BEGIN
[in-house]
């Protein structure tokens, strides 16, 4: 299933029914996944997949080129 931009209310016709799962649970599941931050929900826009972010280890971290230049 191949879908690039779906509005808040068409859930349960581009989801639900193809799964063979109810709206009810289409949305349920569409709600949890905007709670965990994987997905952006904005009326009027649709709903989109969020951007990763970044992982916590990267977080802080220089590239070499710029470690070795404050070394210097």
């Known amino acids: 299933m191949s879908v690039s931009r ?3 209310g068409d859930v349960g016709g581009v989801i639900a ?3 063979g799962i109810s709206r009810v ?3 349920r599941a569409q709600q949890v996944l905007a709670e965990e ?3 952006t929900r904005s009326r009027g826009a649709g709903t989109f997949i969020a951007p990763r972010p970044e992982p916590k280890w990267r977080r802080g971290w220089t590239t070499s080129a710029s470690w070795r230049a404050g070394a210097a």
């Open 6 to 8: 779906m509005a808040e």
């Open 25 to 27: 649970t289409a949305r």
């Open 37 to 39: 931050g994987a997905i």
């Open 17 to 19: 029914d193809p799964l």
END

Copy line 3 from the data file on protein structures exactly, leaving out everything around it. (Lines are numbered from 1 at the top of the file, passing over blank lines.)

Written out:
């Known amino acids: 299933m191949s879908v690039s931009r ?3 209310g068409d859930v349960g016709g581009v989801i639900a ?3 063979g799962i109810s709206r009810v ?3 349920r599941a569409q709600q949890v996944l905007a709670e965990e ?3 952006t929900r904005s009326r009027g826009a649709g709903t989109f997949i969020a951007p990763r972010p970044e992982p916590k280890w990267r977080r802080g971290w220089t590239t070499s080129a710029s470690w070795r230049a404050g070394a210097a």